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State Blue Sky Claims Under the Uniform Securities Act Can Be Won by Sellers, But at a Cost

Written by Joseph D. Lipchitz

An emerging tool for plaintiff-side securities litigators is the use of state claims under the Uniform Securities Act, such as Massachusetts' so-called “Blue Sky” statute, Mass. Gen. L. c. 110A, § 410.  The reason is simple -- an extraordinarily favorable burden of proof and a guaranteed award of attorney’s fees if the investor prevails. Indeed, the Massachusetts Supreme Judicial Court has acknowledged that the extremely investor-friendly burden of proof and protections afforded buyers by the Uniform Securities Act approach almost “strict liability” for sellers. Marram v. Kobrick Offshore Fund, 442 Mass. 43, 50-51 (2004).  For example, the Act does not require investors to establish reliance on any alleged misrepresentation or that any alleged misrepresentation be the cause of any loss.  In addition, the investor’s sophistication is not a defense to a claim; nor does he have any duty to investigate the accuracy of a statement.

However, sellers with the right strategy can defeat these claims. The Massachusetts Appeals Court recently affirmed a jury defense verdict in favor of a hedge fund manager who had been falsely accused of misrepresenting the nature of the fund to induce the investment, and making misrepresentations to keep the plaintiff invested afterwards. See Crown v. Kobrick Offshore Fund, 85 Mass. App. Ct. 214 (April 24, 2014). Mintz Levin represented the hedge fund manager both at trial and on appeal.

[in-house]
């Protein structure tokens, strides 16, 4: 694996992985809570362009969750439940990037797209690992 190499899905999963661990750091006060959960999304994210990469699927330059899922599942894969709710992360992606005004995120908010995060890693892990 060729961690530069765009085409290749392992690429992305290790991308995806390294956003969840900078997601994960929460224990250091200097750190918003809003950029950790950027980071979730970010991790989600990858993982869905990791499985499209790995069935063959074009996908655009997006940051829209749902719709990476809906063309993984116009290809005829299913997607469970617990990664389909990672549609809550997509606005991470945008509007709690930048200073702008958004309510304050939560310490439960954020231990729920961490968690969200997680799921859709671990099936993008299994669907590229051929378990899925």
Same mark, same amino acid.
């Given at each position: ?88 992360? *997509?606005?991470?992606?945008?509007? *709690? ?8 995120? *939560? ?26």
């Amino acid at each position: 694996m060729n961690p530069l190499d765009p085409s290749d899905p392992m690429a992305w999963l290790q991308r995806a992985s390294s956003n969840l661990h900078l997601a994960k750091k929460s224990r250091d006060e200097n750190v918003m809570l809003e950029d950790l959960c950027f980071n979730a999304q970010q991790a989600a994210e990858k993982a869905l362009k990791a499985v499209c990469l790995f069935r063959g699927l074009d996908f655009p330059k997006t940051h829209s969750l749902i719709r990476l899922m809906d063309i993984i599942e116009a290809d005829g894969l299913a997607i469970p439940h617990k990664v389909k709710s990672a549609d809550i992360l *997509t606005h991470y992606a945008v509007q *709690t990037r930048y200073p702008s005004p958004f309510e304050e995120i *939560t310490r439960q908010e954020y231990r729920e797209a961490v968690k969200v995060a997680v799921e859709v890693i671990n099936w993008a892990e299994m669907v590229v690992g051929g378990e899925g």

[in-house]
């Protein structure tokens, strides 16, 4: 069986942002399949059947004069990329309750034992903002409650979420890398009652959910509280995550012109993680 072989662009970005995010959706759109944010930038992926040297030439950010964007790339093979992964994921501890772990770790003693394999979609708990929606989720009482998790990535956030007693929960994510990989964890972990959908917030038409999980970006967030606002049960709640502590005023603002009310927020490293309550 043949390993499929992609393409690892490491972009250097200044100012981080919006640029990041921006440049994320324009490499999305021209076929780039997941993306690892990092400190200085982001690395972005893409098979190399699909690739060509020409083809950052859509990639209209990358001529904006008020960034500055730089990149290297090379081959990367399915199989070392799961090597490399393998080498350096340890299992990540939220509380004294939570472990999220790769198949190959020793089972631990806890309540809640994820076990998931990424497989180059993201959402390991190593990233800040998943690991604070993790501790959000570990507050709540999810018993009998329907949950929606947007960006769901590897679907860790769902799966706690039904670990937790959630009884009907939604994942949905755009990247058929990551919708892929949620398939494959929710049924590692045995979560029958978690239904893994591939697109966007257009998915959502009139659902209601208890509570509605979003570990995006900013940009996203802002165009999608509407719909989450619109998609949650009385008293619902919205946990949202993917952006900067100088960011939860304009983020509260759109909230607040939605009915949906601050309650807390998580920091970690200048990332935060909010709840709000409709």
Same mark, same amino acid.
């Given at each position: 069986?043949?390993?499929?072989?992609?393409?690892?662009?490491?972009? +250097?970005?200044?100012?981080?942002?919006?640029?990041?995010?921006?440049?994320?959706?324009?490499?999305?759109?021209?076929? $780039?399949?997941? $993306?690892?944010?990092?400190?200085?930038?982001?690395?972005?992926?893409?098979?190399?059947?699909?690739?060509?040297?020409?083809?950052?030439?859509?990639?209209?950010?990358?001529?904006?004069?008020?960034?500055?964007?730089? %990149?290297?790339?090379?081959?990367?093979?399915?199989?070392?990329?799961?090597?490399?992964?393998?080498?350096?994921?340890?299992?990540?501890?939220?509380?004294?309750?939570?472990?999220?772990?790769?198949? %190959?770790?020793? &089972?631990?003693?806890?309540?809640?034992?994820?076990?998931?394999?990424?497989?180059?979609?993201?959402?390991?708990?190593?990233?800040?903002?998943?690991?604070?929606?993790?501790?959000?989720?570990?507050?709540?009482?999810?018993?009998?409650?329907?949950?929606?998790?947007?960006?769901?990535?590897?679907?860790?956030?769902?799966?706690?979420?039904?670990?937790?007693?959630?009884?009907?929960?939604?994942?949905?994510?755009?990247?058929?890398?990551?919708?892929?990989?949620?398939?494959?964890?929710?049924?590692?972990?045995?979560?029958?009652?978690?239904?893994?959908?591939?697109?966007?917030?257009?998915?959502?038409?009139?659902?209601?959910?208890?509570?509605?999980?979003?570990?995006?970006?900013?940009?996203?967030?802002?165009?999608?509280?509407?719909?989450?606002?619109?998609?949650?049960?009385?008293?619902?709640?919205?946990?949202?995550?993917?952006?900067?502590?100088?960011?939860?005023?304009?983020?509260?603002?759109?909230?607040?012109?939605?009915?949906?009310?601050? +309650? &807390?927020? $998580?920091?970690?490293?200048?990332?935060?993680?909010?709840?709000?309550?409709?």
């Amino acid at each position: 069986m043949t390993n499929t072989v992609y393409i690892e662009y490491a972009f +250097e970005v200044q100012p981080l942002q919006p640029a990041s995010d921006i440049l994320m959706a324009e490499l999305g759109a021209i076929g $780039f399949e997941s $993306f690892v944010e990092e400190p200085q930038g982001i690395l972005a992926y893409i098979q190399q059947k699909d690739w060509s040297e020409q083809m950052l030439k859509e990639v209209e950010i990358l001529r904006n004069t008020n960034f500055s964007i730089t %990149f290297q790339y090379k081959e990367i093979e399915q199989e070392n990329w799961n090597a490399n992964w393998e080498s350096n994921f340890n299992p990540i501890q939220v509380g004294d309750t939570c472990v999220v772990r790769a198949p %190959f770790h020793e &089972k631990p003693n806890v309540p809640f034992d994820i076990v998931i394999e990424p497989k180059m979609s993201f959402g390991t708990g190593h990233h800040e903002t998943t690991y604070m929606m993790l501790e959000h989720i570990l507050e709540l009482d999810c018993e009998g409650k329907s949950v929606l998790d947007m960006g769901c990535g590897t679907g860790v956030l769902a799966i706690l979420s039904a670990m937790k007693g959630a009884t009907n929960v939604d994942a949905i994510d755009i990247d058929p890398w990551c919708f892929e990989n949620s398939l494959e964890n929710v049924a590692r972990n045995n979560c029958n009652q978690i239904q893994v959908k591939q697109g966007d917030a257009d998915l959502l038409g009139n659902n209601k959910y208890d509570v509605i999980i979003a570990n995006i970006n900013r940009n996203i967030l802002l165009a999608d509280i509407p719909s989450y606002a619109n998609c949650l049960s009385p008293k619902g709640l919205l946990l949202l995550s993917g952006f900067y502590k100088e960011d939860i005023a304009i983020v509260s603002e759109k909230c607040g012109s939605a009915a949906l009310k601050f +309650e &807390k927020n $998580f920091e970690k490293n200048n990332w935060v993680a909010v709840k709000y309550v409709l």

While the Appeals Court affirmed the verdict, noting that the plaintiff’s claims had been thoroughly impeached through information obtained through discovery, it affirmed the dismissal of the hedge fund manager’s counter-claims for his attorney’s fees under a provision in the subscription agreement. Under that provision, the plaintiff agreed to reimburse the fund manager its attorney’s fees if he brought an unsuccessful securities claim. While recognizing “the dearth of appellate guidance,” the Appeals Court nonetheless ruled that such “loser-pays” provisions were void as against public policy under the Uniform Securities Act.

Given the cost and burden imposed by unmeritorious securities claims, such indemnification provisions are of obvious importance to sellers. Indeed, under freedom of contract principles, parties are generally held to the terms of their agreements, particularly where both parties are sophisticated, wealthy business entities. It is for this reason that the fund manager has sought further review by the Massachusetts Supreme Judicial Court. Perhaps the Blue Sky will shine a little brighter for sellers of securities. Stay tuned…..


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Chip Phinney